"Honor Flight," a new documentary about the program that takes World War II veterans to Washington, D.C., to view the memorial that was constructed in their honor, features two Wisconsin Legionnaires — Julian Plaster and Joe Demler.
Plaster, a member of Post 23 in Milwaukee, joined the Navy in 1942. On Dec. 7, 1941, Plaster was working as a lumberjack in Canada and didn't learn about the Japanese attack on Pearl Harbor until months later. After training, he was assigned to burial patrol on Roi-Namur Island in the Marshall Islands.
Joe Demler, a member of Legion Post 82 in Port Washington, Wis., was captured in the Battle of the Bulge. When Demler was liberated from a German POW camp, he weighed 70 pounds and was photographed in Life Magazine as the "Human Skeleton." In the film, he says he learned two things in captivity: "How to pray in a Nazi prison camp. And every day is a bonus."
"Honor Flight" won Best Documentary Feature during the GI Film Festival in May. The film details how a Midwest community of volunteers worked together to honor World War II veterans with a trip to the memorial, and it shows the range of emotions expressed by the veterans and their loved ones.
The American Legion spoke with Plaster about his service, the memorial and the movie:
Q: What was your first war experience?
A: I was in a landing craft with 15 other sailors when we got on a beach. They gave us a shovel and gloves and said, ‘Start digging and bury the dead.' I thought I would be going to war to be a hero, and here I was burying the dead: American and Japanese. We buried the dead for three to four days. War is horrible. When I was burying the dead, I was burying a Japanese soldier who was clutching a photograph of a woman. His thoughts were at home, the same as mine. The smell of the dead stayed with me for years; every once in awhile I get a sense of what the smell was like.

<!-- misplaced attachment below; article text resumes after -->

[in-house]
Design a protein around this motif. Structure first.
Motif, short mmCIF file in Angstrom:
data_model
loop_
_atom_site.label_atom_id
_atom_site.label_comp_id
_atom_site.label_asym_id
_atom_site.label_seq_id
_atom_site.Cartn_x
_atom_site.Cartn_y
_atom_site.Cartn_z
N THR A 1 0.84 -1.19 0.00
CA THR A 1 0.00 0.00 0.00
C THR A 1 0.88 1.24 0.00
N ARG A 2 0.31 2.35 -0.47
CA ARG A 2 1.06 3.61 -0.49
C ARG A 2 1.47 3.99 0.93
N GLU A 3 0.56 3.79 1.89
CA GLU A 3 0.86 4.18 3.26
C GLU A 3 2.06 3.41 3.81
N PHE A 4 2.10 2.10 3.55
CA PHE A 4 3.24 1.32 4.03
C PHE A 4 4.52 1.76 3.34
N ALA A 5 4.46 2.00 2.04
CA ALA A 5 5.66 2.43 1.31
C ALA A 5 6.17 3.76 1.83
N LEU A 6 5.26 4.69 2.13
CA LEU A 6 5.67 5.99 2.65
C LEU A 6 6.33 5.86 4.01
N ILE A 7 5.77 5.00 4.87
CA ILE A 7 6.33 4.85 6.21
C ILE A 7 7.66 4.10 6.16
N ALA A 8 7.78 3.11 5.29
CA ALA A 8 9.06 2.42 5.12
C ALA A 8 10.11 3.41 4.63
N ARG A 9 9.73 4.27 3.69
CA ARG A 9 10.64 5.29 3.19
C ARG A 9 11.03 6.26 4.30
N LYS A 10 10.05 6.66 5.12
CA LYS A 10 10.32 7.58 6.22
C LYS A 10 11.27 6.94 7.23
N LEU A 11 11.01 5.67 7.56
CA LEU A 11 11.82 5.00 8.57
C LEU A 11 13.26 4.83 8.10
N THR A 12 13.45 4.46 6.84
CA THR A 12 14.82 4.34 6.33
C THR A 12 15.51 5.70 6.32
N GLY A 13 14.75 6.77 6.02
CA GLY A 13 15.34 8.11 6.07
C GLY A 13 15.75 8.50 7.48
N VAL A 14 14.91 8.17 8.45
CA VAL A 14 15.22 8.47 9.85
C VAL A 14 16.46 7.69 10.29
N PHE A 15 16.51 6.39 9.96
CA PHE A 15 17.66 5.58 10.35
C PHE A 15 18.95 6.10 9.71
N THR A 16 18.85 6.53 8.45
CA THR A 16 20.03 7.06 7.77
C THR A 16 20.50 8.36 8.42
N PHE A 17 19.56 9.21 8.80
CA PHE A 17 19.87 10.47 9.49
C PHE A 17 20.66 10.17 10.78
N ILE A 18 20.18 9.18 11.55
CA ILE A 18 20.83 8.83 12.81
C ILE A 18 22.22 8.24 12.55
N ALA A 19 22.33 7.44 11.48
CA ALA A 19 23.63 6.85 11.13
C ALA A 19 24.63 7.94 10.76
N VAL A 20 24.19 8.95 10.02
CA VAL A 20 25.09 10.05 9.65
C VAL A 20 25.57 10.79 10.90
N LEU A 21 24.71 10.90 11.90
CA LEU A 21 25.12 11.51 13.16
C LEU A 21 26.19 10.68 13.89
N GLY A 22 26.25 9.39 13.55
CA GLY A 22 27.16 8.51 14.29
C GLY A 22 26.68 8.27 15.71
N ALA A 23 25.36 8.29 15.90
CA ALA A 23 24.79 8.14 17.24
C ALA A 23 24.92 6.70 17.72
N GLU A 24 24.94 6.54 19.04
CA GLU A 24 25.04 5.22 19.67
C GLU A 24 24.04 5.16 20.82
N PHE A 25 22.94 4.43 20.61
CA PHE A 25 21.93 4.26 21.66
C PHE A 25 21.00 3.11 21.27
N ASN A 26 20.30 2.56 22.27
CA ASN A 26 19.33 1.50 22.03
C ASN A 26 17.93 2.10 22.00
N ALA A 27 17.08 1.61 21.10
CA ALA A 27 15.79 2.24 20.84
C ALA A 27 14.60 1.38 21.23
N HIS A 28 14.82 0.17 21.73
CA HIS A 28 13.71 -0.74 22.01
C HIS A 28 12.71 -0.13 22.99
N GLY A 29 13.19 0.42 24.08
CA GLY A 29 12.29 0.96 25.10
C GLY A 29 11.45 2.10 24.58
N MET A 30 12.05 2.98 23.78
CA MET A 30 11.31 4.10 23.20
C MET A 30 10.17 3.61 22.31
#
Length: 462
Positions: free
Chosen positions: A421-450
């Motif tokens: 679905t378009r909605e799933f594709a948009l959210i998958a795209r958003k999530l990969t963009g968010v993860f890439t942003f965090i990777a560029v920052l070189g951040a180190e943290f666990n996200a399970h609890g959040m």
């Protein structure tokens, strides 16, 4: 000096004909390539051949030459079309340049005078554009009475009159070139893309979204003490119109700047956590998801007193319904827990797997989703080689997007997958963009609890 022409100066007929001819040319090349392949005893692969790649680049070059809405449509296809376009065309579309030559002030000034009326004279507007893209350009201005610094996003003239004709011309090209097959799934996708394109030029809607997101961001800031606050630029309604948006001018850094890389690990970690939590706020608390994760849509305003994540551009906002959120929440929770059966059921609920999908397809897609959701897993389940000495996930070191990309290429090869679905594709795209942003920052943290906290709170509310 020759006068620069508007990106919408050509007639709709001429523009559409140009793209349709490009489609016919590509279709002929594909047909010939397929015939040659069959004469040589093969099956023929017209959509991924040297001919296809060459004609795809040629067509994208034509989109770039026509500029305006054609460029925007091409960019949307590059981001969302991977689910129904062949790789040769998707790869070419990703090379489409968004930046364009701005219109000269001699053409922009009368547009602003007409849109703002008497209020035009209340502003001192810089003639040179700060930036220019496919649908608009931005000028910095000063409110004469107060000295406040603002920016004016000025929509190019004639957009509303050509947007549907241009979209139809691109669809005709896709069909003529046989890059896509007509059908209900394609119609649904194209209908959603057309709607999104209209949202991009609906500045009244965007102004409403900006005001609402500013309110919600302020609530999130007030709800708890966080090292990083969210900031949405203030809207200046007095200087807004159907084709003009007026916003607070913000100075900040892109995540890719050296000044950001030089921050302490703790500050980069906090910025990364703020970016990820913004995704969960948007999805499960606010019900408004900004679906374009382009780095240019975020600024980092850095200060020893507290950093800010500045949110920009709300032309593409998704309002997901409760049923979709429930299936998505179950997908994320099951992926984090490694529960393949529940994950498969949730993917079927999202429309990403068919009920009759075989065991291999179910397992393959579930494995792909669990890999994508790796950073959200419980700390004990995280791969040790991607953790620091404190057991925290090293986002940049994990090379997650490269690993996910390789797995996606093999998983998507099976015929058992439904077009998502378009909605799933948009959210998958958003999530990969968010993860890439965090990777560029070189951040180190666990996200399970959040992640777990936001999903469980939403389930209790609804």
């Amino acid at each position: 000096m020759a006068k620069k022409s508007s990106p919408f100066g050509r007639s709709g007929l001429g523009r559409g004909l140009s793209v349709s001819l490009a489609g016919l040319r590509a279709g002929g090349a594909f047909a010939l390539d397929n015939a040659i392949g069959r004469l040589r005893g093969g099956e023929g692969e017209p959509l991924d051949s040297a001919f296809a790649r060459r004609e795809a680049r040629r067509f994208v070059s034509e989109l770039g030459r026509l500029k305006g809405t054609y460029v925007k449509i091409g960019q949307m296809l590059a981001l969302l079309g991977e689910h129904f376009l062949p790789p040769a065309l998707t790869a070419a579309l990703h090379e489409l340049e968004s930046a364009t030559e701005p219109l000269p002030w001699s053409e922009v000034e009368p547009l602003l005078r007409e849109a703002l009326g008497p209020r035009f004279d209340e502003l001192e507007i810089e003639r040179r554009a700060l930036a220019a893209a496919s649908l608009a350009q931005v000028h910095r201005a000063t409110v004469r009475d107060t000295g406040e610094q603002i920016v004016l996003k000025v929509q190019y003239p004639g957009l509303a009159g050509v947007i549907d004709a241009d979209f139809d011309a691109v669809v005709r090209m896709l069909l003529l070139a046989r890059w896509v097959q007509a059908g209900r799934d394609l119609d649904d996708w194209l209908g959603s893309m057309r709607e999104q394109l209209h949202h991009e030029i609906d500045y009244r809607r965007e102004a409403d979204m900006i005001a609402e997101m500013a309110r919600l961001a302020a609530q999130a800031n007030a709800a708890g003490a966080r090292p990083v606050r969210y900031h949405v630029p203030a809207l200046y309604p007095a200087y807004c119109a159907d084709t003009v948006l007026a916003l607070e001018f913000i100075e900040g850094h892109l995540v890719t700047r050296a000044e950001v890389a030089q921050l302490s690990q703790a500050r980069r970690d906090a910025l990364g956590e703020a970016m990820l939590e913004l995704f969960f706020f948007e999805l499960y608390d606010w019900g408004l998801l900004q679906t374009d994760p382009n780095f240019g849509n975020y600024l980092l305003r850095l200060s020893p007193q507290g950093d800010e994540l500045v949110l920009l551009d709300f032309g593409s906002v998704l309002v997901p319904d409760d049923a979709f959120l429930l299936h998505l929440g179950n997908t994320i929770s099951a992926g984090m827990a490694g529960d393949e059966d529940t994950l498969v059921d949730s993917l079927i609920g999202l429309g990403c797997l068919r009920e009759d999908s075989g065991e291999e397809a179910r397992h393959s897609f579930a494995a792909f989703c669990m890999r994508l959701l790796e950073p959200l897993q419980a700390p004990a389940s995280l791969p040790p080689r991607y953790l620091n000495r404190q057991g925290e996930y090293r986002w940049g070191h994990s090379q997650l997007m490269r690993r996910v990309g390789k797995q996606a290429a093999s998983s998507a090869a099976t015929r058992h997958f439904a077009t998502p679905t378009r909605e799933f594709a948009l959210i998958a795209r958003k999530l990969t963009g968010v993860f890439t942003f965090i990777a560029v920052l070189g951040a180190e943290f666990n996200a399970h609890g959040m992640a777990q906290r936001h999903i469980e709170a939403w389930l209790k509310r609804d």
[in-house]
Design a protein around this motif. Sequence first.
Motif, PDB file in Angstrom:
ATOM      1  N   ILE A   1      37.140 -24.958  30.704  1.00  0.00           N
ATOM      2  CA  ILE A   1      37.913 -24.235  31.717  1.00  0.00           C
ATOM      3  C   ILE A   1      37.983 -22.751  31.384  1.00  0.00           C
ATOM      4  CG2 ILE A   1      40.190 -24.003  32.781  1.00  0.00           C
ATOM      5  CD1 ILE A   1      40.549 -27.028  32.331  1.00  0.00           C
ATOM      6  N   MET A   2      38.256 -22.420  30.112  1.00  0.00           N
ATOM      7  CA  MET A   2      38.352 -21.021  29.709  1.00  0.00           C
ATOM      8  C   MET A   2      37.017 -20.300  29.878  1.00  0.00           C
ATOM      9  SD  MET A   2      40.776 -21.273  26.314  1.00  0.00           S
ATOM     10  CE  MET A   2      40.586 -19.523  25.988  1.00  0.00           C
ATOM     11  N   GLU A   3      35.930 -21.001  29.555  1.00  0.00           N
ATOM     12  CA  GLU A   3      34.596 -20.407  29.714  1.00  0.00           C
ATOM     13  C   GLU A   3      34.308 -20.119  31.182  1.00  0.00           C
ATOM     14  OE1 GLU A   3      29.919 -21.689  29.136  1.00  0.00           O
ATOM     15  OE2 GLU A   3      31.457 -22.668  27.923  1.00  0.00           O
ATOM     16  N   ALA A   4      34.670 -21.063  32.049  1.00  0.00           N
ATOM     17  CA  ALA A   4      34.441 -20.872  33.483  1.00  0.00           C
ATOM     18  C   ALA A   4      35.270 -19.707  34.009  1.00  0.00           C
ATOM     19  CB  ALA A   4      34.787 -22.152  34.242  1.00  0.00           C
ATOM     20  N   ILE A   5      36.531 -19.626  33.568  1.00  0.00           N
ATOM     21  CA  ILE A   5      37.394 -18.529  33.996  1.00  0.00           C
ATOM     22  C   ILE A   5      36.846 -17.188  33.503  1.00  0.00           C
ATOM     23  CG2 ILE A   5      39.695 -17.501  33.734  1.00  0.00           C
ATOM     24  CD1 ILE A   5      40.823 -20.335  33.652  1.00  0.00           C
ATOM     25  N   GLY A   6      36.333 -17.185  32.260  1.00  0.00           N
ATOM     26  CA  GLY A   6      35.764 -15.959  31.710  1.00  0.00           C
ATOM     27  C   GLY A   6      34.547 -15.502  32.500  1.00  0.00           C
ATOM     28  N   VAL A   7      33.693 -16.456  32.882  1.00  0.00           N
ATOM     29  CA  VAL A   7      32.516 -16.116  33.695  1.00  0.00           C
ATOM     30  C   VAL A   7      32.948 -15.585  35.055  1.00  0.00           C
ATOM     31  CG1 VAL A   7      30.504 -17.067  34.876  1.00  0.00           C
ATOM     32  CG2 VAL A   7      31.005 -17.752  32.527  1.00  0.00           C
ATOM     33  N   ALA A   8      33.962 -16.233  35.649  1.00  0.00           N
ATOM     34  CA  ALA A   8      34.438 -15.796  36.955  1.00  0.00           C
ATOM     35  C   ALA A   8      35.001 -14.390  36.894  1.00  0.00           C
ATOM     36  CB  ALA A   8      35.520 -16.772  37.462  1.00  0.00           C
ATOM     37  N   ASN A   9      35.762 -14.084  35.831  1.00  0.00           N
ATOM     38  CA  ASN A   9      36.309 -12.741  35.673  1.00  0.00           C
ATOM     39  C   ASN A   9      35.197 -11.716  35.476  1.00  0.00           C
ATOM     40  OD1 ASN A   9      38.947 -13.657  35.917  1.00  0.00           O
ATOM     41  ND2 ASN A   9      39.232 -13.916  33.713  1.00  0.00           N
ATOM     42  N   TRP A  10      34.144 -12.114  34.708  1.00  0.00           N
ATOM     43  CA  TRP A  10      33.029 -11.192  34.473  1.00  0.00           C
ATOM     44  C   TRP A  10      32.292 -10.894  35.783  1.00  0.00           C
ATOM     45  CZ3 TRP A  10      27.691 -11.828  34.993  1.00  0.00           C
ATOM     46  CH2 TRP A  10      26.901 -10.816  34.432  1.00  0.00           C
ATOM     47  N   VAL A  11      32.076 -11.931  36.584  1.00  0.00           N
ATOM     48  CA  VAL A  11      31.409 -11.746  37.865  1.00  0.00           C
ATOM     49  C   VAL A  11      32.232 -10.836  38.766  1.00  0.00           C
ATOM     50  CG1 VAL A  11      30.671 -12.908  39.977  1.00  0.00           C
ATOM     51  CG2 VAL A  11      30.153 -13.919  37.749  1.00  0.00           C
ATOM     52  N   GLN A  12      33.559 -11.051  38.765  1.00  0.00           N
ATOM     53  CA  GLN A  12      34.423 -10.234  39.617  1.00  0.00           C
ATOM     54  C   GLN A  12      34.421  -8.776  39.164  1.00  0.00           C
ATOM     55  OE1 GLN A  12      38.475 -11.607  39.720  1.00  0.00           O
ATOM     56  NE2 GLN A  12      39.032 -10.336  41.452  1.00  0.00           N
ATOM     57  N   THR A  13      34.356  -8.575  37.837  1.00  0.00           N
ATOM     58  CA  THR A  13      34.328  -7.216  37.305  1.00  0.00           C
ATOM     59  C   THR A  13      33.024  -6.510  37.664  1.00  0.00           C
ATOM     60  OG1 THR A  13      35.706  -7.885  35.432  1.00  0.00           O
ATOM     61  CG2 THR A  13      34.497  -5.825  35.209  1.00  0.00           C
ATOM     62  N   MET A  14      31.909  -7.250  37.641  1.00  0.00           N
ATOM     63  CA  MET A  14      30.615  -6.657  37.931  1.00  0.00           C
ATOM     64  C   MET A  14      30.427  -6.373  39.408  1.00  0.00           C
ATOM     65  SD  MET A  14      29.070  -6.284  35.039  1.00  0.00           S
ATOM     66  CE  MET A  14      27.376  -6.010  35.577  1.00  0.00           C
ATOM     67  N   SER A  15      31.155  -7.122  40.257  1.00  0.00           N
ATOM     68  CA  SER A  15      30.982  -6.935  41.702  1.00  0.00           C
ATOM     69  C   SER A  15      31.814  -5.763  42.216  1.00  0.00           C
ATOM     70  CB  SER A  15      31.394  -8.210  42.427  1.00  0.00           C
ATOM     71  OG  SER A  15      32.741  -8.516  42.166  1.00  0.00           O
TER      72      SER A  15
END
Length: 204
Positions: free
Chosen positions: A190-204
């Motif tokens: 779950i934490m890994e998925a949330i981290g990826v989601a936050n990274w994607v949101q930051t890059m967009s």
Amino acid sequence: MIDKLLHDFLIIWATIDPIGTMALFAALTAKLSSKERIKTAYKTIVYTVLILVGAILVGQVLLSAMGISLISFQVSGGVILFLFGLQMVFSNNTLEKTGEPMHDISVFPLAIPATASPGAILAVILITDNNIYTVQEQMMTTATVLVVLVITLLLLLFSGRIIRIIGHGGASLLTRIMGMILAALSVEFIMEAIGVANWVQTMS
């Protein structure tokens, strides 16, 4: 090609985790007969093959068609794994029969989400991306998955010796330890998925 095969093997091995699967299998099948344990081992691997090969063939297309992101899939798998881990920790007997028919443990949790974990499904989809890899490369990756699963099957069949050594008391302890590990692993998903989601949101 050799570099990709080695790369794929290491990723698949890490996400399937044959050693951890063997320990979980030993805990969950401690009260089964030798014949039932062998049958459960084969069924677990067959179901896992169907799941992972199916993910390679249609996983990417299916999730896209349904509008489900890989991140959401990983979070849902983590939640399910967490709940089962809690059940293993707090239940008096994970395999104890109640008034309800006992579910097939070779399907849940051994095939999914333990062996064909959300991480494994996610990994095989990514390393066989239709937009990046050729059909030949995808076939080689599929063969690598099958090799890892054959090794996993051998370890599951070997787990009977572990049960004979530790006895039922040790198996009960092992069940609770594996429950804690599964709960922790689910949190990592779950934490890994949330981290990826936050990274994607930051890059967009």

Q: How was your World War II Memorial visit?
A: The first time I went to see it (with Honor Flight), it was so huge and I felt so small. Then I went back last December with an Honor Flight and when I walked down to the memorial, I felt the same way. For my third time, I was on the inside looking out through the pillars in a circle. I was standing in the center and to me I was thinking there were two big arms that were reaching out to me, and I felt like I belonged there.
Q: What was it like to attend the documentary's premiere?
A: That was amazing. After the show, people stopped me wanting my autograph or to take photos with me. It was humbling. They thanked me for my service and thought the film was wonderful.
The whole world depended on the U.S. to save them (during World War II). When people thank me for my service, I am humbled. I represent the 16 million who served in World War II. When they thank me, I take the thanks for the 16 million. It was a job. We – the generations that were raised in the ‘30s and ‘40s - were looking for a job. When we entered the service, it was a job. When we came back home and the job was done, we packed up and looked for another job.
Q: What else do you want people to know?
A: We cannot forget the people who served after World War II and the servicemen (and women) we have now. We always seem to forget the mothers, fathers, husbands, wives and their kids. When someone goes off to war, they (family members) suffer a great deal, too.
Visit the Legion's web page dedicated to honor and remembrance: www.legion.org/honor